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The effect of perch availability during pullet rearing and egg laying on the behavior of caged White Leghorn hens.

Published on Oct 1, 2014in Poultry Science2.03
· DOI :10.3382/ps.2014-04038
Patricia Y. Hester25
Estimated H-index: 25
(Purdue University),
Joseph P. Garner36
Estimated H-index: 36
(Stanford University)
+ 2 AuthorsM. E. Einstein3
Estimated H-index: 3
(Purdue University)
Abstract
Enriched cages, compared with conventional cages, allow egg laying strains of chickens to meet some behavioral needs, including a high motivation to perch. The objective of this study was to determine if perch availability during rearing affected perch use as adults and if perch presence affected eating and drinking in caged White Leghorn hens. Chickens were assigned to 14 cages each with and without 2 round metal perches from hatch to 16.9 wk of age. At 17 wk of age, pullets were assigned to laying cages consisting of 1 of 4 treatments. Treatment 1 chickens never had access to perches (controls). Treatment 2 chickens only had access to 2 round metal perches during the laying phase (17 to 71 wk of age). Treatment 3 chickens only had access to 2 round perches during the pullet phase (0 to 16.9 wk of age). Treatment 4 chickens had access to the perches during both the pullet and laying phase. Each treatment during the adult phase consisted of 9 cages with 9 birds/cage for a total of 36 cages. Automatic infrared cameras were used to monitor behavior of hens in each cage for a 24-h period at 19, 24, 29, 34, 39, 44, 49, 54, 59, 64, and 69 wk of age. Behavior was also recorded twice weekly by an observer in the room where the hens were housed during photophase from 25 to 68 wk of age. Behavioral data were analyzed using ANOVA with repeated measures and the MIXED model procedure. A greater proportion of hens without perches as pullets used the rear perch more during both photophase and scotophase than hens with prior pullet perching experience. Eating and drinking activities of caged adult Leghorns were not impaired by their prior experience to perches as pullets or by the presence of perches in laying cages. It is concluded that providing perches in cages to White Leghorns during pullet rearing did not facilitate use of perches as adults.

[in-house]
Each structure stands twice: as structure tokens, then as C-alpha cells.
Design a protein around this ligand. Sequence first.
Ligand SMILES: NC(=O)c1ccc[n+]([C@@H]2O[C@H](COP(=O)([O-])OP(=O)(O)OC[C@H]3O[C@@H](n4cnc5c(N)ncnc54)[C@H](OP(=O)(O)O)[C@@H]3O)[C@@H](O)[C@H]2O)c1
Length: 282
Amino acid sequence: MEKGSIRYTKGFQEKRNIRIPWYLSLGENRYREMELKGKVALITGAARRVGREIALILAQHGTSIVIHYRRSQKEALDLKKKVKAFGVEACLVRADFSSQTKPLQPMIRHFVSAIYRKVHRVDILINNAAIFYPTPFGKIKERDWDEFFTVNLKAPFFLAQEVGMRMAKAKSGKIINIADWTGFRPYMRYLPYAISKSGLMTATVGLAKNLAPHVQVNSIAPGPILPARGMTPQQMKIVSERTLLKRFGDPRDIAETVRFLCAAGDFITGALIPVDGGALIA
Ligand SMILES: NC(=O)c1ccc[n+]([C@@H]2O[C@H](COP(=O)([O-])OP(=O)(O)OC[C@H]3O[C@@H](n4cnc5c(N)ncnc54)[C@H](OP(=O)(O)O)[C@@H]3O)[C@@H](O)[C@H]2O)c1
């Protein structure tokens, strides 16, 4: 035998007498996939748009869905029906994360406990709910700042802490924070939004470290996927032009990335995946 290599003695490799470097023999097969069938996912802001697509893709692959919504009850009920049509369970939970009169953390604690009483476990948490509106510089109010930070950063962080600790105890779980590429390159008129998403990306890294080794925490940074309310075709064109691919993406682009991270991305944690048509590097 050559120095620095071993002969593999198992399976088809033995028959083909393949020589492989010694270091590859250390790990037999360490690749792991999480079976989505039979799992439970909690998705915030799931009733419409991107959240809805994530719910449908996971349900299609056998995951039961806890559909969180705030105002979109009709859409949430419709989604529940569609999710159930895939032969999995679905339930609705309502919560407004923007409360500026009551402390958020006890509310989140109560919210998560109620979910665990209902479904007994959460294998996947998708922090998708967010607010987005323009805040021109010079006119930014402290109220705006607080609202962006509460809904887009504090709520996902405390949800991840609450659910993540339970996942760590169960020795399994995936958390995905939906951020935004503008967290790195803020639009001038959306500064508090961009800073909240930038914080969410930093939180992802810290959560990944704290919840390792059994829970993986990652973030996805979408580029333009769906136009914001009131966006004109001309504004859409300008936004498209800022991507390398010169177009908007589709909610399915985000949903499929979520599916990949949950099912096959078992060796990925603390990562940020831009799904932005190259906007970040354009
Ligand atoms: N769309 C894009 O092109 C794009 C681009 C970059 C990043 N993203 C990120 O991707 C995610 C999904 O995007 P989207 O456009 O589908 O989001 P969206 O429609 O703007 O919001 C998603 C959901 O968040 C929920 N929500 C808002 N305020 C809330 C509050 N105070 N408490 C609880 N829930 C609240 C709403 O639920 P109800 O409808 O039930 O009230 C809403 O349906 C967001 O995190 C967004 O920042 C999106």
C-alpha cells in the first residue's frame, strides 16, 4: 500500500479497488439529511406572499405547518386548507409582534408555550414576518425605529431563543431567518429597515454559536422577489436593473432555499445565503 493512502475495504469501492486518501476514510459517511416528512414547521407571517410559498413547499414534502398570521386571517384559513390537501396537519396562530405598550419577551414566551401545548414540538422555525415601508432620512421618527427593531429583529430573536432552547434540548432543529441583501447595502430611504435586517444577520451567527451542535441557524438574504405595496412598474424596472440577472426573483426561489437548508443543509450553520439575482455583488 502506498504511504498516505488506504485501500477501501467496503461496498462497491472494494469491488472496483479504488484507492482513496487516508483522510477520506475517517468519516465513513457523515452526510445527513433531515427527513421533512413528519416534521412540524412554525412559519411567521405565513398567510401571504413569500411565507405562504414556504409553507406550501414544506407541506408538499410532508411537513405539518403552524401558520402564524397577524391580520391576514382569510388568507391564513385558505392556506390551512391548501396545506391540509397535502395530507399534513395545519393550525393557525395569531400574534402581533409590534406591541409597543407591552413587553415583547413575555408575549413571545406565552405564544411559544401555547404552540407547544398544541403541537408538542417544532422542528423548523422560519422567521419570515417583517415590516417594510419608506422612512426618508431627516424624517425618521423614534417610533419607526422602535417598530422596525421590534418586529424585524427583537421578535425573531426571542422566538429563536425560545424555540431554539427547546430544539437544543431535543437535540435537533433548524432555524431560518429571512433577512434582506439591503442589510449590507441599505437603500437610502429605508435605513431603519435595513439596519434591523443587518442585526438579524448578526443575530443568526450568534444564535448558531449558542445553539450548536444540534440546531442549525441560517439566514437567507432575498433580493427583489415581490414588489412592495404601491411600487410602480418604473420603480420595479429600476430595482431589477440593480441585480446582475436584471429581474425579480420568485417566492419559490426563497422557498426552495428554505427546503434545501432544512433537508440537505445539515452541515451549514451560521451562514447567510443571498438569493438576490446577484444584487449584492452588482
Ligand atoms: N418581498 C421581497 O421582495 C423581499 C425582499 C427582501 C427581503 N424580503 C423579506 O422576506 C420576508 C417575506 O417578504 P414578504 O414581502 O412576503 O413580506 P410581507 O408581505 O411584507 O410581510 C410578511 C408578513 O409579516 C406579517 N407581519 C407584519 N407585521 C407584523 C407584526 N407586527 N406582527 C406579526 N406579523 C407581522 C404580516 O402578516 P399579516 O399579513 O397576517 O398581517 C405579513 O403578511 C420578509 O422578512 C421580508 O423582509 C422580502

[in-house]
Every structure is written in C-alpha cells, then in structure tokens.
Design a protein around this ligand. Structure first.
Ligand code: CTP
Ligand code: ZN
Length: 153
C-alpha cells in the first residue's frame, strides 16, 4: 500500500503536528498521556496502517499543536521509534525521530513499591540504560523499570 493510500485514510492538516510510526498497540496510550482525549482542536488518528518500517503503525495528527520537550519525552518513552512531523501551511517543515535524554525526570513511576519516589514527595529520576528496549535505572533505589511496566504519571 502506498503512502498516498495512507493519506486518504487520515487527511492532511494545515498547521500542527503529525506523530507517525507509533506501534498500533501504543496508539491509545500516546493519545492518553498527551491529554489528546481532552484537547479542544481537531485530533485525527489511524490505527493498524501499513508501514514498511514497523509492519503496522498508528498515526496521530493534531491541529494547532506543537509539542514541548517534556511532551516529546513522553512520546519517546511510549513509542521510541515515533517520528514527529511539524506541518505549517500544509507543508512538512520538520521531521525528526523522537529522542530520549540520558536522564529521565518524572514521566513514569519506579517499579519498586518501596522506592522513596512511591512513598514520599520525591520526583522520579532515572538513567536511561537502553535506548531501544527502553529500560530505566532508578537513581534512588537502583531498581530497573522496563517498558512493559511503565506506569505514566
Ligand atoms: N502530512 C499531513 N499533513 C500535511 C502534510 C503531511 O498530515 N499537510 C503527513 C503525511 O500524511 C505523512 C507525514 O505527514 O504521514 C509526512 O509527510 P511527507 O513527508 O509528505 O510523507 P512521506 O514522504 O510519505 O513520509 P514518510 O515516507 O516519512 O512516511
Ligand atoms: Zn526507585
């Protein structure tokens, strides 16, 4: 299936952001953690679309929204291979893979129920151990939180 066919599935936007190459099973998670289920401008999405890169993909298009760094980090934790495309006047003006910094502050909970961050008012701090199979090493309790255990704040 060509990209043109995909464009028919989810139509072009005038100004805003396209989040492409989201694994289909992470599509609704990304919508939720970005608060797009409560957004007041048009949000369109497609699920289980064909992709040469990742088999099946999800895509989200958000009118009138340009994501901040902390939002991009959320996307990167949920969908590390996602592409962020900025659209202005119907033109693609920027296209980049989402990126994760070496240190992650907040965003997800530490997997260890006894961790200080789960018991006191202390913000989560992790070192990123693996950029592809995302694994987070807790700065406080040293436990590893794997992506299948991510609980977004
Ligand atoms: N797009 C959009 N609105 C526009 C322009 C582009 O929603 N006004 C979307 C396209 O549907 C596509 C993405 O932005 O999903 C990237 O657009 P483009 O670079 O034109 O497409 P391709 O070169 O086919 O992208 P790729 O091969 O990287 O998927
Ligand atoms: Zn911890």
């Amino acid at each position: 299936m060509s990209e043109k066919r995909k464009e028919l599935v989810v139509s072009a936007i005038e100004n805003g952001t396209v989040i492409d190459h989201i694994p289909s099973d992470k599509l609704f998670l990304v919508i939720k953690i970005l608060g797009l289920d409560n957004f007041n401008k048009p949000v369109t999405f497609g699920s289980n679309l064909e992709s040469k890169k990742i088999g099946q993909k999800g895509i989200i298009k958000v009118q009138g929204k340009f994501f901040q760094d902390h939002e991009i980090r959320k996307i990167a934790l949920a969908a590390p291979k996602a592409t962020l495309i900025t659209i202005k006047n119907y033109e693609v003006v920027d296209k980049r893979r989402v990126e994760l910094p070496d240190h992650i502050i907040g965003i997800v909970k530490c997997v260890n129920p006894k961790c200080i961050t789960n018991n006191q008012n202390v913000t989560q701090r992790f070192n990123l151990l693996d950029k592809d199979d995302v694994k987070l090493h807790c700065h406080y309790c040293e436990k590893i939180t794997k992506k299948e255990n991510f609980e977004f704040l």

• References (22)
  • Citations (2)
References22
Newest
#1S Jiang (SWU: Southwest University)H-Index: 1
#2Patricia Y. Hester (Purdue University)H-Index: 25
Last.H. W. Cheng (ARS: Agricultural Research Service)H-Index: 12
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#1Patricia Y. Hester (Purdue University)H-Index: 25
#2S. A. Enneking (Purdue University)H-Index: 4
Last.David A. Rubin (ISU: Illinois State University)H-Index: 16
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#1S. A. Enneking (Purdue University)H-Index: 4
#2H. W. Cheng (ARS: Agricultural Research Service)H-Index: 15
Last.Patricia Y. Hester (Purdue University)H-Index: 25
view all 6 authors...
#1Michael C. Appleby (Edin.: University of Edinburgh)H-Index: 37
#2Aw Walker (ADAS)H-Index: 1
Last.Ha Elson (ADAS)H-Index: 1
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